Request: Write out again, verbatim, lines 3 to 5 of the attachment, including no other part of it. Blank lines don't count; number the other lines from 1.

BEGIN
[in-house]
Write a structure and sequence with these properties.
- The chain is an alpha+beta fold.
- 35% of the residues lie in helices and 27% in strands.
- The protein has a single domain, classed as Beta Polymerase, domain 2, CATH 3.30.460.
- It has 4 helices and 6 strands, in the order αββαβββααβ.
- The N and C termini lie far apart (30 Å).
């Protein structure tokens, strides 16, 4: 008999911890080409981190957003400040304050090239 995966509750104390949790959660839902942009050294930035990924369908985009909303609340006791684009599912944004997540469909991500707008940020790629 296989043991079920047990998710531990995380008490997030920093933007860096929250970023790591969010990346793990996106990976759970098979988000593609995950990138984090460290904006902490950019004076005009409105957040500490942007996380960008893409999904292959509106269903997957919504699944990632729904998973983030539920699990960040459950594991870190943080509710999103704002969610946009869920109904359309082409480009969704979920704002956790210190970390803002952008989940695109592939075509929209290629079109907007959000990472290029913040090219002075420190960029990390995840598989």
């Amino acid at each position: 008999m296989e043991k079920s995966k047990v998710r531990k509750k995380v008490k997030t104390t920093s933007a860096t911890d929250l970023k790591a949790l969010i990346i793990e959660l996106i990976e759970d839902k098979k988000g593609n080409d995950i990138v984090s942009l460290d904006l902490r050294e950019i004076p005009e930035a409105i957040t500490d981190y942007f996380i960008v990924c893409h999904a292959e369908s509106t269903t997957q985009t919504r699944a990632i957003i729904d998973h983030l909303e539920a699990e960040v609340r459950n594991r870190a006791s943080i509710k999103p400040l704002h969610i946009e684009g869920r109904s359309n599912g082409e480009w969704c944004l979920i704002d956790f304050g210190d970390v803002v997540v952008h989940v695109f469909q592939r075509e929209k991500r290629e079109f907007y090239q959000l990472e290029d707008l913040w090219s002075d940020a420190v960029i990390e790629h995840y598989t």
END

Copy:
- The chain is an alpha+beta fold.
- 35% of the residues lie in helices and 27% in strands.
- The protein has a single domain, classed as Beta Polymerase, domain 2, CATH 3.30.460.